The common theme with all six contestants last night, and maybe all of the semi-finalists, was a general disgruntlement with the design companies they had hired. Sharon fired hers for being too far left field, Bobby split his money between two firms when he was unimpressed with the first, Jodi complained that hers tried to throw in too many bells and whistles, Ed and Janusz were both told their goals were impossible, and I am appalled at what happened between the Saffutos and the Flushpure design team. I think there's certainly a fine line between being in control of your product and being completely close-minded. The Sackmaster inventor is the prime example of a man so convinced of his tool's perfection that he declined any outside input.

Sharon's decision to leave her first designer saved her a month's worth of frustrating conversations with someone who clearly did not share her vision. When she met with the second team, she found exactly what she had in mind. As a huge fan of alternate reality movies like Sliding Doors (starring, my hero, Gwyneth Paltrow), I often wonder how small choices affect the ultimate outcome of our lives. In this case, had Sharon stayed with the original designer, would she still be in the competition? Is it really true that 30% of women's bathroom stall doors are broken? It seems more like 97% to me, but maybe that's because the public restrooms I use are predominantly at dive bars.

Was Bobby right to hire two design firms? He ended up with essentially identical products, and I wonder if this is because he gave both companies the same directives. He would have been better off, in my opinion, if he had used the strengths of each of the design firms to improve his product in different ways. The first group he met with had some valuable suggestions on making the belts easier to use, with better grip. The second one only seemed to add a splashy package that mimics every other as-seen-on-TV! at Bed, Bath and Beyond. And, I'm sorry, but that Tonerbelt looks way too easy to use. Even if that self-proclaimed "laziest person alive" bought one, she'd probably grow bored with it after a week.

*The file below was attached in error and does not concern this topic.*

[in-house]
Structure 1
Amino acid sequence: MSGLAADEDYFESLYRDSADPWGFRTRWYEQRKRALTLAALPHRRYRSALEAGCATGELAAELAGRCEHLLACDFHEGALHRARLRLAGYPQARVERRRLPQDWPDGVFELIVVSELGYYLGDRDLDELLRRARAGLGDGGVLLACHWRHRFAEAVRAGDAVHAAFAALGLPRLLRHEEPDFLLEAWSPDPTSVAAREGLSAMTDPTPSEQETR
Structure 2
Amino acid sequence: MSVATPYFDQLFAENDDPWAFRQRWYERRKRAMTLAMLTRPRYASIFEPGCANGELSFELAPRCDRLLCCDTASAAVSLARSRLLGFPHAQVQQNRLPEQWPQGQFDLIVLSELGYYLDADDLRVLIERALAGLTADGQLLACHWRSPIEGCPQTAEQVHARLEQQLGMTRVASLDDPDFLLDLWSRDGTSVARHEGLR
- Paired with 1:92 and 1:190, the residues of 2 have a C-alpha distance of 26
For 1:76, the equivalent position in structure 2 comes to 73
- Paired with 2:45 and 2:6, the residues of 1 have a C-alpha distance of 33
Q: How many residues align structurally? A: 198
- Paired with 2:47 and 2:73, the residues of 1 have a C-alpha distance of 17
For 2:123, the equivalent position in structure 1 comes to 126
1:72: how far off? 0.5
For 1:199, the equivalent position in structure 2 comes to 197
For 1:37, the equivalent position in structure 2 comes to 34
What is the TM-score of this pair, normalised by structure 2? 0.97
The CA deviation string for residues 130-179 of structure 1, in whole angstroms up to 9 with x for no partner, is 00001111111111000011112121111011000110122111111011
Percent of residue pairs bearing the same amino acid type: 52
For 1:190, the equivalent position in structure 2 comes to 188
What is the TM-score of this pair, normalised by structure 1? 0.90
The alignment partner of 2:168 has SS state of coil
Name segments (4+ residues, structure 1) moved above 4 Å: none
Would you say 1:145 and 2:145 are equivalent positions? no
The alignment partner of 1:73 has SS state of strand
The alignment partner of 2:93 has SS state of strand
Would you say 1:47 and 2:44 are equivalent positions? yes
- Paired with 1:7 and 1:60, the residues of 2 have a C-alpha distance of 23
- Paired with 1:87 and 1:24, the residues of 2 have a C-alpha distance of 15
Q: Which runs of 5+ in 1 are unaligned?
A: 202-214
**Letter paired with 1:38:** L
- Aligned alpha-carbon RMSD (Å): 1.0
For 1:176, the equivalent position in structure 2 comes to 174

Jodi did as Peter told her when she broadened the market appeal of her Headline It, but this is what I really don't understand: Children and firefighters, sure, but what about the drag queens? Also, how can she have spent FIFTY THOUSAND DOLLARS and still not have a strong adhesive or a pad that fits correctly? Her test video was very disappointing. Although I support the idea of an absorption liner for people who have to wear wigs and hats, I thought that even if you looked past the horrid design, a dollar per liner is absurd. Maybe if she had simplified further, abandoning the fancy colors, she could have saved her consumers another fifty cents.

I'm not going to waste too much breath on the Flushpure (shudder the thought). I am as paranoid as the next guy about toilet microbes landing on my toothbrush, but it is unlikely that I will buy a whole new seat cover to install in my bathroom. Hopefully, the Saffutos have considered going straight to seat cover manufacturers, or even high end retailers like Kohler, and tried to get them to license and incorporate Flushpure.

Finally, I am elated about the four finalists we will see compete next week in what I think will be the final episode of the season. I want Erik to help kids across America improve their football catch. I want Francisco to make it possible for people to ride bikes two at a time. I want Ed to help improve spelling skills. And I very much want Janusz to save the lives of thousands of children. How would the world change if we choose any one of these four over the others? Who has your vote?